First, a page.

The Association of African Ancestry and Elevated Creatinine in the Coronary Artery Risk Development in Young Adults (CARDIA) Study

Department of Medicine, University of California San Francisco, USA.
American Journal of Nephrology (Impact Factor: 2.67). 12/2009; 31(3):202-8. DOI: 10.1159/000268955
Source: PubMed


Whether genetic factors account for differences in early kidney disease among blacks in a young healthy population is not well known. We evaluated the association of self-reported race and genetic African ancestry with elevated creatinine (> or =1.3 mg/dl for men, > or =1.1 mg/dl for women) among 3,113 black and white participants in the Coronary Artery Risk Development in Young Adults (CARDIA) study, ages 38-50 years. We estimated individual African ancestry using 42 ancestry informative markers. Blacks were more likely to have elevated creatinine than whites, and this effect was more pronounced in men: adjusted odds ratio (AOR) for black versus white men = 7.03, 4.15-11.91; AOR for women = 2.40, 1.15-5.02. Higher African ancestry was independently associated with elevated creatinine among black men (AOR = 1.53,1.08-2.16 per SD increase in African ancestry), but not women. A graded increase in odds of elevated creatinine by African Ancestry was observed among black men compared with white men: AOR = 4.27 (2.26-10.06) for black men with 40-70% African ancestry; AOR = 8.09 (4.19-15.61) for black men with 70-80% African ancestry; AOR = 9.05 (4.81-17.02) for black men with >80% African ancestry. Genetic factors common to African ancestry may be associated with increased risk of early kidney dysfunction in a young, healthy population, particularly among black men.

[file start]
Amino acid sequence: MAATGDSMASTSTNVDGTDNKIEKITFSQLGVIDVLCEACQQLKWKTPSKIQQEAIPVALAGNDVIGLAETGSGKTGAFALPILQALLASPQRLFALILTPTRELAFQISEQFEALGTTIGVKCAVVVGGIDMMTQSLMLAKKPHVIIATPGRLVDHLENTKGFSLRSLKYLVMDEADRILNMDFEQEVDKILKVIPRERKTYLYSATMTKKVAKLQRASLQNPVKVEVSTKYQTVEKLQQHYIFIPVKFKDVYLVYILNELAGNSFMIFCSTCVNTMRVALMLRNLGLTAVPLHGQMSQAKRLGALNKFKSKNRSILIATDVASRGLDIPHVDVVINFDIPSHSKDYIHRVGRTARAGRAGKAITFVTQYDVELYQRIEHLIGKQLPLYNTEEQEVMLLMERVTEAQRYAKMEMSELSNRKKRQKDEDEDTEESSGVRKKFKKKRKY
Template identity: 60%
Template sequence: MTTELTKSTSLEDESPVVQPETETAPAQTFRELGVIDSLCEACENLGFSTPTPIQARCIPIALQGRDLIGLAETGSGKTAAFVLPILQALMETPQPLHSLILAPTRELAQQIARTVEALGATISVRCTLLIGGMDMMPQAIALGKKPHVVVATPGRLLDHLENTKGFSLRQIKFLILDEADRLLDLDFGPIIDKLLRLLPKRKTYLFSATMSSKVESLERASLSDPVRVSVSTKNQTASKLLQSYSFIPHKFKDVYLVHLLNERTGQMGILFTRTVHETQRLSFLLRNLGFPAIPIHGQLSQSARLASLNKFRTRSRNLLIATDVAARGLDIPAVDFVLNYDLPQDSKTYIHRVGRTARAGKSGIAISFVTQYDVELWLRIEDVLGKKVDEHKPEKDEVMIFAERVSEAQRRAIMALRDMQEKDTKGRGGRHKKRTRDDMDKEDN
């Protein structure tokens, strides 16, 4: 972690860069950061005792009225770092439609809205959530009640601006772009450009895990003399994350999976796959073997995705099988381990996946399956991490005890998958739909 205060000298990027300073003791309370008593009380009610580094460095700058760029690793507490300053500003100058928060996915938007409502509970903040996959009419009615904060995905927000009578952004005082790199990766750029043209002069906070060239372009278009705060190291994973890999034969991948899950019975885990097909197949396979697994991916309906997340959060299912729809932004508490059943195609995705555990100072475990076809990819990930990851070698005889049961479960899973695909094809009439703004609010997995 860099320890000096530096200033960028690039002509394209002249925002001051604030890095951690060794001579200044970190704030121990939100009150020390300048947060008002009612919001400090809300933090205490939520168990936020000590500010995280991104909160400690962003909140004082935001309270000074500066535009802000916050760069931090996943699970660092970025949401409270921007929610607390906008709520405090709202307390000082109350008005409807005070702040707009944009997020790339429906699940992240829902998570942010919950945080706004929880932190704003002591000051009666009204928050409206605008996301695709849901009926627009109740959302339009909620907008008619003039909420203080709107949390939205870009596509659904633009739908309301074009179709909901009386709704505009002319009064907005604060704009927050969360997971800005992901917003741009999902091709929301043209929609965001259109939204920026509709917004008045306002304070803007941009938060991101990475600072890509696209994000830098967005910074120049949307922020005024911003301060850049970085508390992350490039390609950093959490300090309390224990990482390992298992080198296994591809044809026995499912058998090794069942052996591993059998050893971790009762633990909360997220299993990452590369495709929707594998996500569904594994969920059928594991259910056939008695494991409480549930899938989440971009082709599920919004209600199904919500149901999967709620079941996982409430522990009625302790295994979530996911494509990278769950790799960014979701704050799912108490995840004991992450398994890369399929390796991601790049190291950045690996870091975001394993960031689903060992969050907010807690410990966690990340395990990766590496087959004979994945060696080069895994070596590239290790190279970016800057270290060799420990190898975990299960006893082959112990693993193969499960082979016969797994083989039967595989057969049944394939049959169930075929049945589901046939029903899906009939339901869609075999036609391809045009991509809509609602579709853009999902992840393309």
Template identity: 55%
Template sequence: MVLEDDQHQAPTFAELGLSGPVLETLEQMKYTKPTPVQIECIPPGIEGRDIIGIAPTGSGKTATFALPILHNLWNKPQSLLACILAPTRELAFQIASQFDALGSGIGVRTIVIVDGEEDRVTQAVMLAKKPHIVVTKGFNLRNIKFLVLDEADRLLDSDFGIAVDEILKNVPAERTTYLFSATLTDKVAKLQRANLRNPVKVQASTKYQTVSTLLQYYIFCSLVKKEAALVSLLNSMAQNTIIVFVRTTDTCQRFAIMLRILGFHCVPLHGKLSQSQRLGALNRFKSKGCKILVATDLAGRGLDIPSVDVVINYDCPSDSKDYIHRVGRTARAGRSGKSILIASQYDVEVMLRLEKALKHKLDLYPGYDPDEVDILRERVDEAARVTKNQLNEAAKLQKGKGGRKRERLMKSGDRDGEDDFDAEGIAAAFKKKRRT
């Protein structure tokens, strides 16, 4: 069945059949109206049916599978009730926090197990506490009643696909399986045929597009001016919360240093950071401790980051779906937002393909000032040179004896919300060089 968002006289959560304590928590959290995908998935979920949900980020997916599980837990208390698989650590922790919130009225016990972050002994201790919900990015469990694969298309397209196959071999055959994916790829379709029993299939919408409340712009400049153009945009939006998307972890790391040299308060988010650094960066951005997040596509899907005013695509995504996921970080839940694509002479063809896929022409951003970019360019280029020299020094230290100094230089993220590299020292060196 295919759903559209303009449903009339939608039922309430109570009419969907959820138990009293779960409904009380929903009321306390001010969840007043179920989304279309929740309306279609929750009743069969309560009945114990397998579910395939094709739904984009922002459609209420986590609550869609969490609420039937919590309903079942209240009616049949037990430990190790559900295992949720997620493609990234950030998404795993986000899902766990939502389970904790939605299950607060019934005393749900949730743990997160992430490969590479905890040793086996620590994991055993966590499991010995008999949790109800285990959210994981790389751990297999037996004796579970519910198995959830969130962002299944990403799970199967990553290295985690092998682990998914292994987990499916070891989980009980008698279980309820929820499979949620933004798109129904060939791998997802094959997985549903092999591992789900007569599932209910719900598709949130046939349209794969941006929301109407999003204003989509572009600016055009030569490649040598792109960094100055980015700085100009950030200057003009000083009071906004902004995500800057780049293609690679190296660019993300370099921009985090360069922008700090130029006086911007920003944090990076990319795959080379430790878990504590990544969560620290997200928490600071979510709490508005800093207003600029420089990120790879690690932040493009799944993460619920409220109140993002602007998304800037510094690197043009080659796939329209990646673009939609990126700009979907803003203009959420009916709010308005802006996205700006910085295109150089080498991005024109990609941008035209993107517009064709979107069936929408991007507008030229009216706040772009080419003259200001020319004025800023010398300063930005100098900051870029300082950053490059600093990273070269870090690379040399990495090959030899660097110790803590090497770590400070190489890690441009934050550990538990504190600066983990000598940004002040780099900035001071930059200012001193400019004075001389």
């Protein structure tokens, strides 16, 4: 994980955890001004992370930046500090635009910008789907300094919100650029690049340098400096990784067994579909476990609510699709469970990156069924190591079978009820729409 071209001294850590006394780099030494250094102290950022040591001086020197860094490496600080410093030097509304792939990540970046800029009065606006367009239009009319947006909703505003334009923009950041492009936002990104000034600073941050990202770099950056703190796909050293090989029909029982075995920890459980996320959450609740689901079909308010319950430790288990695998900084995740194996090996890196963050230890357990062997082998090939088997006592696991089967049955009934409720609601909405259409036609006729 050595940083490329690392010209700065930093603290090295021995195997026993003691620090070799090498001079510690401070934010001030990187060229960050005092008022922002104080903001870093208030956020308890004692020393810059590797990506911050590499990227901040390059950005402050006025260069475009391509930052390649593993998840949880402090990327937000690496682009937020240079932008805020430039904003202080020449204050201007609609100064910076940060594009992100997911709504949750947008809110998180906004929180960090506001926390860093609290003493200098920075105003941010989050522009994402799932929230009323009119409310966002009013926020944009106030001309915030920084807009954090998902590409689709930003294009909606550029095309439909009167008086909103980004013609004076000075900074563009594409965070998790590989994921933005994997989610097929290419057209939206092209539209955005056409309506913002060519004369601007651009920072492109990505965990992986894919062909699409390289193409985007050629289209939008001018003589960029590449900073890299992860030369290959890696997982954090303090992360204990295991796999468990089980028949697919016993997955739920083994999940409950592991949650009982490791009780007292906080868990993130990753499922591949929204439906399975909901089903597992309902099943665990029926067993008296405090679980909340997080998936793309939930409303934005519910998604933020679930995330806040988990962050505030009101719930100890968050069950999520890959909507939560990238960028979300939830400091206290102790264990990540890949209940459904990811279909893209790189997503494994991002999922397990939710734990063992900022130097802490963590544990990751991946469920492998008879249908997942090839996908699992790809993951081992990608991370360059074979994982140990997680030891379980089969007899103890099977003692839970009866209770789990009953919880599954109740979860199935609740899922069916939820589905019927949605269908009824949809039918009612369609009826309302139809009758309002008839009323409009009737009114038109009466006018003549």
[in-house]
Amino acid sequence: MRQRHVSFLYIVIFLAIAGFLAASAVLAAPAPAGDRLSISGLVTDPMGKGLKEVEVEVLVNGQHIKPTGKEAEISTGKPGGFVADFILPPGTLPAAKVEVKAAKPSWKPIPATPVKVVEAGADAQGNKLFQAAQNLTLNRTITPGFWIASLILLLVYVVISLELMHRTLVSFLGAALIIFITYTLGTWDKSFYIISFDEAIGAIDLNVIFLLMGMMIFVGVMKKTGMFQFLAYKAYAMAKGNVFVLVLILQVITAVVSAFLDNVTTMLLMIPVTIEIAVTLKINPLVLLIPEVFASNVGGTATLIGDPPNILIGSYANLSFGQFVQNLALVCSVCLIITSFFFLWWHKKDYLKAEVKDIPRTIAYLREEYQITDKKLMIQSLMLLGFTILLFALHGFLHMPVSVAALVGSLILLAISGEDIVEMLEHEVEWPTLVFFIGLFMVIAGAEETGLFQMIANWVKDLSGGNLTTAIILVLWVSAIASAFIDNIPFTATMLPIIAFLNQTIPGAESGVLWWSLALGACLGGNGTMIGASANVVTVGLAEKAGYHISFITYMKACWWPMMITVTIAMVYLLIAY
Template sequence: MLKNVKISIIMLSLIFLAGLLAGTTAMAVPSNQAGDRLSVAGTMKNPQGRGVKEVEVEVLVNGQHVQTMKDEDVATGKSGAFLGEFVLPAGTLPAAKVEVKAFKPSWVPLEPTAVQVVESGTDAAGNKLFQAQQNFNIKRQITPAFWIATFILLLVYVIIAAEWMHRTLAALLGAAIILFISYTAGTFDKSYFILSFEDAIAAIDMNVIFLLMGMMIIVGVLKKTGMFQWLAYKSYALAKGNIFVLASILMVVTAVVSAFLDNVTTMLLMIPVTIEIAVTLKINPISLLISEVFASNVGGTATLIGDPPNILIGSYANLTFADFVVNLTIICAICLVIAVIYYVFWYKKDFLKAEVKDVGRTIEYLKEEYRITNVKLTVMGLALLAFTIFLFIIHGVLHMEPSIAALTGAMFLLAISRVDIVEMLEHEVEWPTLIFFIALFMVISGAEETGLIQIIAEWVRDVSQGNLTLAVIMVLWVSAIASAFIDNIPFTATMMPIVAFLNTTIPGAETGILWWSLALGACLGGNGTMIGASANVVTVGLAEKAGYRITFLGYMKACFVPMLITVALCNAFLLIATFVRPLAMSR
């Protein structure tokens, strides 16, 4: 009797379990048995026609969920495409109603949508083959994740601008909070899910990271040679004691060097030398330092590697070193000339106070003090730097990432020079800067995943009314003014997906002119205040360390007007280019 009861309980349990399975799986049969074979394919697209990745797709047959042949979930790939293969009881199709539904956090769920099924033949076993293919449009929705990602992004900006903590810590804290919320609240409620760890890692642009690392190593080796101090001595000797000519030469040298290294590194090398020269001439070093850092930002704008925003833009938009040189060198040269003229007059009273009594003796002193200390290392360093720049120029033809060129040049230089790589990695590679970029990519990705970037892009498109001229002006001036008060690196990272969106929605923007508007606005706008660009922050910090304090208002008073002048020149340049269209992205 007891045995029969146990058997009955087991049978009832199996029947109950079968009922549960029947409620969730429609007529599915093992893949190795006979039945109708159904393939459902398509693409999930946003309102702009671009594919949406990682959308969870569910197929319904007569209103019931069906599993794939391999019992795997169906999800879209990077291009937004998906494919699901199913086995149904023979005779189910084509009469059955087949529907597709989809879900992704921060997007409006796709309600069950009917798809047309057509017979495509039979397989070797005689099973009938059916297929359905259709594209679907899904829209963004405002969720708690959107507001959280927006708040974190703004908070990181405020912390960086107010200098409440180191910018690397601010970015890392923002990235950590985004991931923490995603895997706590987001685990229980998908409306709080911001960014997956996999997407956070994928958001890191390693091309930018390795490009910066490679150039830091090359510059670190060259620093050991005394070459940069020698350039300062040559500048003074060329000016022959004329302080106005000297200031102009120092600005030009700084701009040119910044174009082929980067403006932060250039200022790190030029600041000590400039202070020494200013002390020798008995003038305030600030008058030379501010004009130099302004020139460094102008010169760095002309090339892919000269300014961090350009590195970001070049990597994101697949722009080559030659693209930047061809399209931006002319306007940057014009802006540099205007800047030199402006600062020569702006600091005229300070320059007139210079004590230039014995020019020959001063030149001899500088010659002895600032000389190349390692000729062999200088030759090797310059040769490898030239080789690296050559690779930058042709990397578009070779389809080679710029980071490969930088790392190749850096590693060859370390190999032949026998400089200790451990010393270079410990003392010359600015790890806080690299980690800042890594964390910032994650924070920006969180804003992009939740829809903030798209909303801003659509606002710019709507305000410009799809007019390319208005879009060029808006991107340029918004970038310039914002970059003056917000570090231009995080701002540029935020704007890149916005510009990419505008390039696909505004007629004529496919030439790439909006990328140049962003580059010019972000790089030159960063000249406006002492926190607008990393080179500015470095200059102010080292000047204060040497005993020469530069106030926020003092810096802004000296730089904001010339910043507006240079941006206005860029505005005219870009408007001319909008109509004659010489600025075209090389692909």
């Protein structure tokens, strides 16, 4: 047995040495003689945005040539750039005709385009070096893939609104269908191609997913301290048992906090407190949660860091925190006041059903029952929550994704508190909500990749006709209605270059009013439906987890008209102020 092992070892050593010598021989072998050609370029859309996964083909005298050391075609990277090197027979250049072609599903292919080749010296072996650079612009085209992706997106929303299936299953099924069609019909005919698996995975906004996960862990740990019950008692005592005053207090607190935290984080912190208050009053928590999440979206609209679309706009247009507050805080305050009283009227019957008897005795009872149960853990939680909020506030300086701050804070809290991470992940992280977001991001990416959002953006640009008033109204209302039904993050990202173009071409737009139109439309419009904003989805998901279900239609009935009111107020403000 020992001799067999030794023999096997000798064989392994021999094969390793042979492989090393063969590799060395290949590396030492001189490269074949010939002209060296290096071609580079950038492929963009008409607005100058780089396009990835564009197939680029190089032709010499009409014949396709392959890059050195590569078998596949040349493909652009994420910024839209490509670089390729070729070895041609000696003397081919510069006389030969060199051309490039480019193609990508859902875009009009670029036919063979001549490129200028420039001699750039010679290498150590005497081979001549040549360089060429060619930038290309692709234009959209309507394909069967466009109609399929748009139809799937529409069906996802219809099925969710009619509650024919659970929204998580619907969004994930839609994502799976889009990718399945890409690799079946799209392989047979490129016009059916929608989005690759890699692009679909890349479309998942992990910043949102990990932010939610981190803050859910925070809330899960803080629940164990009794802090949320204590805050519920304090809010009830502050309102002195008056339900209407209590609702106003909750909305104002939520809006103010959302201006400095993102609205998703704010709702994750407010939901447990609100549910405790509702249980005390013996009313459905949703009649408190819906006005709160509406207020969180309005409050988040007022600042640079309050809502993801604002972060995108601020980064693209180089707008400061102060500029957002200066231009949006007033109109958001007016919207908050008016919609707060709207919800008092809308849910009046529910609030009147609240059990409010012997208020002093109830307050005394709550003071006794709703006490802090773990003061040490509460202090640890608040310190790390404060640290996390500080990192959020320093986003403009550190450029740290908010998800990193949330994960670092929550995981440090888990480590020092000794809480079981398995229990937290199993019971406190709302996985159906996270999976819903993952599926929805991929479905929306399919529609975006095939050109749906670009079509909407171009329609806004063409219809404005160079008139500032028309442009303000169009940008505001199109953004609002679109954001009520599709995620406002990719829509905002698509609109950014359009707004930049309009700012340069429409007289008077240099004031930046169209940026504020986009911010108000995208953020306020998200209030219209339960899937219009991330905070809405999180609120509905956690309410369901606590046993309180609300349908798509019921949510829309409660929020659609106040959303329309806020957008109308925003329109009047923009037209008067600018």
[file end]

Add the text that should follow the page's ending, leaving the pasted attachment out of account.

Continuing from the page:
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Available from: Kirsten Bibbins-Domingo, Dec 31, 2013
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